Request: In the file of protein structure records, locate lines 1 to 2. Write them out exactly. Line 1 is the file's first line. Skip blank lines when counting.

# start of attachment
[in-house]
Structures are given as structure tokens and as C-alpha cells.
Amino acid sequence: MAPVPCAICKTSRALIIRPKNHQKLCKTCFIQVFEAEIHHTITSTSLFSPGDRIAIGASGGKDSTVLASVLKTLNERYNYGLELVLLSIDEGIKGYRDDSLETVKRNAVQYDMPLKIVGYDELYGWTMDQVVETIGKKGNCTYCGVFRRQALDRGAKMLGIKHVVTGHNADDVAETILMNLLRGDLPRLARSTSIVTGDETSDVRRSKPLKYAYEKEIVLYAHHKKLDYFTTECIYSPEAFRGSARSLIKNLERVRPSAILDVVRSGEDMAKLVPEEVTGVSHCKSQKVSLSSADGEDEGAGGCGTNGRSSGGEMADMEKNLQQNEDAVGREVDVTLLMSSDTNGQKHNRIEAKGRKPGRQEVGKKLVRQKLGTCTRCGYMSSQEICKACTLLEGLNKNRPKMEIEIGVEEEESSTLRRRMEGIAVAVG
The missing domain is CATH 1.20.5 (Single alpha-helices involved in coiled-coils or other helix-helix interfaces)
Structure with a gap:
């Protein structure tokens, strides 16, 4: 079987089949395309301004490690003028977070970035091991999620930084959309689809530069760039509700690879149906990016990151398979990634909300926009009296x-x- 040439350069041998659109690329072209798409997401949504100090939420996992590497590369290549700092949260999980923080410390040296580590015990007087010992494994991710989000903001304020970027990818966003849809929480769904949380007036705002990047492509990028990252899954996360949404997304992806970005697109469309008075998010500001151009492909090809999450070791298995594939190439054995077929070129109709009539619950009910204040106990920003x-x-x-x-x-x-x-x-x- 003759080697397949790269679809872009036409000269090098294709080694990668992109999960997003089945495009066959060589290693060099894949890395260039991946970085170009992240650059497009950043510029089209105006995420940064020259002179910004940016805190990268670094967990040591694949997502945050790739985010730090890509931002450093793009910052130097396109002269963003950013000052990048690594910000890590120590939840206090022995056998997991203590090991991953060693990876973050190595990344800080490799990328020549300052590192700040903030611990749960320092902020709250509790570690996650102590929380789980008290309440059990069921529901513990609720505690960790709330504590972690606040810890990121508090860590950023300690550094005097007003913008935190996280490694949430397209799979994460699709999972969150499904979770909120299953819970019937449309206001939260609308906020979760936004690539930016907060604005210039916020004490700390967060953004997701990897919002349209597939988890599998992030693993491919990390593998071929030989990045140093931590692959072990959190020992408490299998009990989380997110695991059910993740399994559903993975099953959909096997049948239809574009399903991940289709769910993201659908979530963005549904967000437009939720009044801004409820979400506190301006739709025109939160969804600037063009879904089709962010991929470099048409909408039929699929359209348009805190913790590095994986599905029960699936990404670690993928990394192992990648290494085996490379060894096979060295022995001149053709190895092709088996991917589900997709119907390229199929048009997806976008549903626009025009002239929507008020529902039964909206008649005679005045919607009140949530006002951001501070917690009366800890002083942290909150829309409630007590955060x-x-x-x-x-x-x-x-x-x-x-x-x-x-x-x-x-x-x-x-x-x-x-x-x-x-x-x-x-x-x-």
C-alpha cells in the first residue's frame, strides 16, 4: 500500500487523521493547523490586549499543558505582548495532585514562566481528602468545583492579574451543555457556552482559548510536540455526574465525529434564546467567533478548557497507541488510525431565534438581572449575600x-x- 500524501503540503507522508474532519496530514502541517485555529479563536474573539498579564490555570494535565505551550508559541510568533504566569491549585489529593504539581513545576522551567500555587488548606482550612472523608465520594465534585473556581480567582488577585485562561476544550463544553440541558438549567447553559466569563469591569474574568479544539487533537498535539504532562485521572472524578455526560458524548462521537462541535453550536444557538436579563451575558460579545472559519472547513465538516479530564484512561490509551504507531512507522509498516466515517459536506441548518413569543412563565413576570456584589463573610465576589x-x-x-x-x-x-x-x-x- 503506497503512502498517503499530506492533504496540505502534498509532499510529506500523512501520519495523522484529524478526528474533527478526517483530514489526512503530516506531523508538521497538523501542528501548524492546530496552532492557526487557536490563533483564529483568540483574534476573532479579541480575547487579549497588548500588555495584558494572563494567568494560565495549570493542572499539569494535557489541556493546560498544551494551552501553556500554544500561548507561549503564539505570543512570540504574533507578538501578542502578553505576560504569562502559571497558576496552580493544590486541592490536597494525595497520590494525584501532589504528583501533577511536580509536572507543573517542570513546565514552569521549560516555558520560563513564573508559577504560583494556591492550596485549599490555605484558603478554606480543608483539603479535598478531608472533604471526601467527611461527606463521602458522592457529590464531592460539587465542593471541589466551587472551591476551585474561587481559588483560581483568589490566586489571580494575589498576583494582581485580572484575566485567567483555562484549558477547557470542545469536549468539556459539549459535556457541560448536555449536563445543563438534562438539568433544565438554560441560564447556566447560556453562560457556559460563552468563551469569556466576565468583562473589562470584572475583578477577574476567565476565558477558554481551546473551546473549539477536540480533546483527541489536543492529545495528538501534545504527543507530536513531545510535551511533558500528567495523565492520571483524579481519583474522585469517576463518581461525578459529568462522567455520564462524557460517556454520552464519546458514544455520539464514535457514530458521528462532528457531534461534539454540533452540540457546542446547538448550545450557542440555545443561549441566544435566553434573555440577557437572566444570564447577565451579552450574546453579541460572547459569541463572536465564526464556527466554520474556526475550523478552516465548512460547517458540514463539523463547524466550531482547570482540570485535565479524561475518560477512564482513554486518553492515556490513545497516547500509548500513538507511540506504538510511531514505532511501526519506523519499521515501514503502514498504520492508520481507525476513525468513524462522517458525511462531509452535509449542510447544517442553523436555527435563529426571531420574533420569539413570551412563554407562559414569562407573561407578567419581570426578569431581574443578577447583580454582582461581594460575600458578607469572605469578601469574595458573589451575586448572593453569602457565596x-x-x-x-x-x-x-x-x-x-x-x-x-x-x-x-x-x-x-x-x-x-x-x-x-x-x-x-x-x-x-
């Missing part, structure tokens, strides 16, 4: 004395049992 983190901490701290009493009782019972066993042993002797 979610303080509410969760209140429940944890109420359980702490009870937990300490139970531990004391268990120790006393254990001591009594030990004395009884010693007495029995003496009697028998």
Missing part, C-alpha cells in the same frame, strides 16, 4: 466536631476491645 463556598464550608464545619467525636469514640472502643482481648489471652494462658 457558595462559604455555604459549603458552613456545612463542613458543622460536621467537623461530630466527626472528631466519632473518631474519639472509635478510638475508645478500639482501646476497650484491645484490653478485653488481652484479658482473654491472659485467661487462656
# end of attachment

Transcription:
[in-house]
Structures are given as structure tokens and as C-alpha cells.